Smaller deployments also see UC gains

case study Three Asian organizations tell their stories of the road to unified communications, from initial tests to discovering productivity and cost benefits.
Written by Victoria Ho, Contributor

case study Unified communications (UC) deployments are typically associated with bigger organizations, but in the region, some smaller deployments have found productivity gains from their UC systems, as well.

Malaysian shipping line MISC Berhad (Malaysia International Shipping Corporation Berhad), Indonesian motorcycle manufacturer PT Astra Honda Motor and Singapore-based industrial equipment manufacturer Opulent Techno, spoke to ZDNet Asia in separate interviews about their UC deployments.

While the three had varied goals and implementation cycles for their UC projects, all found the amount of traveling users had to do was considerably reduced as a result, with their UC systems almost completely replacing legacy equipment and apps.

Astra's general manager of its IT division, Karsono, said its internal IT helpdesk is using a Microsoft UC tool to help users solve problems more efficiently. For its IT division, UC has completely replaced older equipment such as traditional PBX (private branch exchanges) phones, with "other divisions to follow", he added.

Astra has so far rolled out its UC project to 150 users in six locations, belonging to IT, system development, corporate function and marketing roles, Karsono said.

Singapore's Opulent Techno rolled out its UC deployment across its 100-employee base, and found the new set of tools such as video conferencing and document-sharing a boon for customer service.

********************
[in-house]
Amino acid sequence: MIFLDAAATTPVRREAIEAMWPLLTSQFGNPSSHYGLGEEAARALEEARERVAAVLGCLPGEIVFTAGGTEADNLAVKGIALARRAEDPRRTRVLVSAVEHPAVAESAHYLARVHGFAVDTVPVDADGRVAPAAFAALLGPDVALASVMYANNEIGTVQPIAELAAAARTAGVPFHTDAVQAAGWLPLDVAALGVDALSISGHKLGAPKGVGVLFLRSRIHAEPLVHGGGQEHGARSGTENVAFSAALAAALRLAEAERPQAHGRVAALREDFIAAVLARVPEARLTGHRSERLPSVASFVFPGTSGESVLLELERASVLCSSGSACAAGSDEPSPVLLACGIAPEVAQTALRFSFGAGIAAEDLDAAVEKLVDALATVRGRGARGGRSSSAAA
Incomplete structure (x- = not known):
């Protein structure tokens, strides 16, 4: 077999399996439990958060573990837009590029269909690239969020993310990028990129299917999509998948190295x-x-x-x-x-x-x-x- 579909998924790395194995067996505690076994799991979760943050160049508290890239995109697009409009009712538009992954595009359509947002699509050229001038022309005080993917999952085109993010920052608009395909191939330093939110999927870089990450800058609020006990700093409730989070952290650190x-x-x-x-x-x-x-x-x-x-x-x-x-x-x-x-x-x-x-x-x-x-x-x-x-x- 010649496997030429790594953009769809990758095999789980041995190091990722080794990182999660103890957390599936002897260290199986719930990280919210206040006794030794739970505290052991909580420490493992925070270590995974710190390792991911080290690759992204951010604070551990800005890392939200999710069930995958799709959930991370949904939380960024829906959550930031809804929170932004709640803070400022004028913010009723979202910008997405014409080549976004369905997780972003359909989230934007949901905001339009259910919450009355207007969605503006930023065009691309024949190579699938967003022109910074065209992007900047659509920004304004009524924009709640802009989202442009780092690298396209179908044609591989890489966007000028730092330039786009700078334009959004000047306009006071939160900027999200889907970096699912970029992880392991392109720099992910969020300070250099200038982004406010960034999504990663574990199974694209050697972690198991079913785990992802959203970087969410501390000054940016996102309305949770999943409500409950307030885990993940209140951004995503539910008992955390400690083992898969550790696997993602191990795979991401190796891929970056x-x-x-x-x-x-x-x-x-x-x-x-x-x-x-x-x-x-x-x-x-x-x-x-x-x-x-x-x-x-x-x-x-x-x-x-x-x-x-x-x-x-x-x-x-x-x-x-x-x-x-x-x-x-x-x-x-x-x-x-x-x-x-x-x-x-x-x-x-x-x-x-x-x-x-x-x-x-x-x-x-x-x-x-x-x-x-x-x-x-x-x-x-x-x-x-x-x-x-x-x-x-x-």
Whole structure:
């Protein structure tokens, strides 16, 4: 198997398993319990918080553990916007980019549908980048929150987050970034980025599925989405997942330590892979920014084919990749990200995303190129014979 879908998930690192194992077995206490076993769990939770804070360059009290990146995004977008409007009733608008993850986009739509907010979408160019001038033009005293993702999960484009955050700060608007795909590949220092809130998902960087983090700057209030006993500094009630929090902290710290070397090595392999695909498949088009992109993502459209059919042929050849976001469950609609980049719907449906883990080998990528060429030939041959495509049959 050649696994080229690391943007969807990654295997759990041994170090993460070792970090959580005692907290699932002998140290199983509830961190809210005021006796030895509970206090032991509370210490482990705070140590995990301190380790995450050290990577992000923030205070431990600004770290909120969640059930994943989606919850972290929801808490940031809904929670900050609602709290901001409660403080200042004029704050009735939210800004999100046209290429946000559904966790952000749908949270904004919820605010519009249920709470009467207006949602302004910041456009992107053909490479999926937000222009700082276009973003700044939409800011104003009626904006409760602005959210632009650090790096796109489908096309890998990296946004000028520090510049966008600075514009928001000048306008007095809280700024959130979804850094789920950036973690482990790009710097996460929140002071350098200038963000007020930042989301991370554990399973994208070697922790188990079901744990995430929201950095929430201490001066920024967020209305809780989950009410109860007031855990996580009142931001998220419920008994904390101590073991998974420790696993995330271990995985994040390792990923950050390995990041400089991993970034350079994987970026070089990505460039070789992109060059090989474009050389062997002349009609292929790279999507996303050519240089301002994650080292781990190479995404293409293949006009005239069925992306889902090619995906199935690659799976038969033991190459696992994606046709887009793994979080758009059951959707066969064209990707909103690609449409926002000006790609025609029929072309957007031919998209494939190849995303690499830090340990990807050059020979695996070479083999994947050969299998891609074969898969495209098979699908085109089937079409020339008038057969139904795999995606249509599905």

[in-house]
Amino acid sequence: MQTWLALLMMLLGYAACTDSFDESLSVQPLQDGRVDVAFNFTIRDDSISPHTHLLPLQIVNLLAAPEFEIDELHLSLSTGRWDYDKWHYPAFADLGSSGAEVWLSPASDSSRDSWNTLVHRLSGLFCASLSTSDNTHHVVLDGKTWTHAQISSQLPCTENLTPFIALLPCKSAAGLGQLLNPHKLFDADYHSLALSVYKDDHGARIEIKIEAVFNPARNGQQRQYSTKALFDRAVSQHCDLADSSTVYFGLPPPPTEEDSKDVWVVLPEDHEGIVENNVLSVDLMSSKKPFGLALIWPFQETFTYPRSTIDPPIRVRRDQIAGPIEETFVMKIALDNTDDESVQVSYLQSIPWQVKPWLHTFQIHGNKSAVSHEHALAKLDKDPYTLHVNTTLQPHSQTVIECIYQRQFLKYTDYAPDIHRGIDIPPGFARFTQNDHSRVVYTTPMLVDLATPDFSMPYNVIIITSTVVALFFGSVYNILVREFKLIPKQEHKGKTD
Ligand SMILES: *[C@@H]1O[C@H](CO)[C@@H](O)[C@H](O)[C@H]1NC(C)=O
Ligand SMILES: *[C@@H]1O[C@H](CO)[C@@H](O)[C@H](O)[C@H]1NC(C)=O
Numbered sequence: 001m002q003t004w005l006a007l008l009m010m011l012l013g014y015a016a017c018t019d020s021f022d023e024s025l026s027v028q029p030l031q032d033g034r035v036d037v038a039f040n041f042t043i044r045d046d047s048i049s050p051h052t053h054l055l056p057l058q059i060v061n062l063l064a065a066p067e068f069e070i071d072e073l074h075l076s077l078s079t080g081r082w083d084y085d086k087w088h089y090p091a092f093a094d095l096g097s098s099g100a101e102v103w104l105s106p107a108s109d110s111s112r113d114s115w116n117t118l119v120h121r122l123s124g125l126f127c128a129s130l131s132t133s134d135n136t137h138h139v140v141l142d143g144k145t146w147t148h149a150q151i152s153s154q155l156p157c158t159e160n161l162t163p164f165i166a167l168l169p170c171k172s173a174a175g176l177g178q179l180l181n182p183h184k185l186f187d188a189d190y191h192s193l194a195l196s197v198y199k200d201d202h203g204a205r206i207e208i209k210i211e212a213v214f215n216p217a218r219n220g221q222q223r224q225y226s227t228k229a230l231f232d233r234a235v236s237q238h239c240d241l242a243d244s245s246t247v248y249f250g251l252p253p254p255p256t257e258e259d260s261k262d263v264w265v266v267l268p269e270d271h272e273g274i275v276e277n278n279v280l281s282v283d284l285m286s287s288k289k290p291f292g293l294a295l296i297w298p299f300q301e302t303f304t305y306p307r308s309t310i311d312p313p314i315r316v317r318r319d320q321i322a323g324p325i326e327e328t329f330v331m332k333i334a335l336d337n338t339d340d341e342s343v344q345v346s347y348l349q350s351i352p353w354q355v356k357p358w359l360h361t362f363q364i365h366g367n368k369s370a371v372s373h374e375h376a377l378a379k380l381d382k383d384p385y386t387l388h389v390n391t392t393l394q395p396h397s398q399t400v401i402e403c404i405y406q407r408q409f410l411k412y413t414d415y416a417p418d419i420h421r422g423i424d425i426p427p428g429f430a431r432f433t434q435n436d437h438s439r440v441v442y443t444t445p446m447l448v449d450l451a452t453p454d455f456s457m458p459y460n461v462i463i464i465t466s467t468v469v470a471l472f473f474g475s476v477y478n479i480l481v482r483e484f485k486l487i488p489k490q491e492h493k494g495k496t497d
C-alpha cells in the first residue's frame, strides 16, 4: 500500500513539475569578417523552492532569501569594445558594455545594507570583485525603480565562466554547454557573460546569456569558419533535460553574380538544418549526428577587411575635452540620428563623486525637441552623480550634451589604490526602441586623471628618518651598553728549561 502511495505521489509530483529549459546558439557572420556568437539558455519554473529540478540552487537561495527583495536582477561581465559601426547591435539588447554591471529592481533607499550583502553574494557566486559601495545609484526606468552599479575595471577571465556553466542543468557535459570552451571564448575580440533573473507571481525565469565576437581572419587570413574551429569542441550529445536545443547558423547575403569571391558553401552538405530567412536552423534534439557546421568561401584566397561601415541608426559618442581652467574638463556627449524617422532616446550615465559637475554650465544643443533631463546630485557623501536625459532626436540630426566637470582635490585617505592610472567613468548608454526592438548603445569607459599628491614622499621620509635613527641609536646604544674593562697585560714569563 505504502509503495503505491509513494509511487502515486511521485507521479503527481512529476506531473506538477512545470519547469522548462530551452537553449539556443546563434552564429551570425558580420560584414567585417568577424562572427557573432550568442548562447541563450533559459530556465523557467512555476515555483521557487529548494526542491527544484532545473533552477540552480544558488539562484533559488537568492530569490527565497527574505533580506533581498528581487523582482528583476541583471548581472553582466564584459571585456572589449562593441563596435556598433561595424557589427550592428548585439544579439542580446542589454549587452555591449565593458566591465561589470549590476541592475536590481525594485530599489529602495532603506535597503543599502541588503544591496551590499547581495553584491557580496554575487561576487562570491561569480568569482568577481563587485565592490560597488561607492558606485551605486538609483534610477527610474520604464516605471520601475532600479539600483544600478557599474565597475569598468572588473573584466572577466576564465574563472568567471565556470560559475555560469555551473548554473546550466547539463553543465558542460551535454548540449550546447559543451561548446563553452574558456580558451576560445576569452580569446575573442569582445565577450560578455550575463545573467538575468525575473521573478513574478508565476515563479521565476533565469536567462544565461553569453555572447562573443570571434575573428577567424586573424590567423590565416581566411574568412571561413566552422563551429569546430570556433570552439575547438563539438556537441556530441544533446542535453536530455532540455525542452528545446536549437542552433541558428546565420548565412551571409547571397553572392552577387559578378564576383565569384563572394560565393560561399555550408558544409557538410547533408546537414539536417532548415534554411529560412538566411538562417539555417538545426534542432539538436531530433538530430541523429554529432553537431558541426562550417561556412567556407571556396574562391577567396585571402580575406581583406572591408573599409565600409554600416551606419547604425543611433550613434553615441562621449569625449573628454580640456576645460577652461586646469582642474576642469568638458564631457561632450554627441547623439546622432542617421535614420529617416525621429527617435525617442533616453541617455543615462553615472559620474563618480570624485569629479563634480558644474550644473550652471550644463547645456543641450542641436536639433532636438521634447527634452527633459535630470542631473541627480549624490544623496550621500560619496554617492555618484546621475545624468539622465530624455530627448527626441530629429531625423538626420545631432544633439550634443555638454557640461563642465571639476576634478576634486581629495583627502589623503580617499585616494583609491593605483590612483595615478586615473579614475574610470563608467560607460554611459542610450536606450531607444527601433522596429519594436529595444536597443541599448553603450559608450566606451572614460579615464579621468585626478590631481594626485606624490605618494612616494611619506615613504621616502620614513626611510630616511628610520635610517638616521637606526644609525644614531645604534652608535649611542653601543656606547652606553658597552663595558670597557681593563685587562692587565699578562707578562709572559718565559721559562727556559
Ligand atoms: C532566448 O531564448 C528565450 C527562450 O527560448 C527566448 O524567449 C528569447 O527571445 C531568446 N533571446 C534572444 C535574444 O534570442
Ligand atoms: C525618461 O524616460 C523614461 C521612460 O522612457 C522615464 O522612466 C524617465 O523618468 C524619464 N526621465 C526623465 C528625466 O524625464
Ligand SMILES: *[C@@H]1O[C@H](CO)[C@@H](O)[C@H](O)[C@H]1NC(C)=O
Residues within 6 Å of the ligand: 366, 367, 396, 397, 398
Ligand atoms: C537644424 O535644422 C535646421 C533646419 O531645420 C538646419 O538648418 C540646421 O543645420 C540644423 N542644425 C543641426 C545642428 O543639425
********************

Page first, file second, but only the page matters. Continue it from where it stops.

Belinda Wee, customer service director, Opulent Techno, said the tools have allowed for "real-time" communication, and the extra media such as the sharing of presentations, resulted in "a more proactive approach to customer service".

With a UC environment providing multiple communication channels, users are also able to communicate simultaneously with different parties, making them more productive, said Wee.

She added that the new system has completely replaced MSN instant messenger in the organization, with about 10 percent of users still using Skype, another application which provides instant messaging and call capabilities.

Hood Abu Bakar, MISC's general manager of ICT, said UC brought a personal touch to communications for its 200 users.

"A lot of our work involves engineering projects spread across remote locales. We can now collaborate online as and when. The new system allows us to put a face to a voice when meeting virtually," Hood said.

He noted that with the lowered costs of overseas calls through VoIP, employees traveling are able to keep in touch with family members more freely. "The ability to touch base with loved ones does wonders for employee morale," he said.

Eye on lowered cost
Gartner recommended in a report last year, companies should focus on productivity and collaboration gains rather than cost savings in their UC deployments.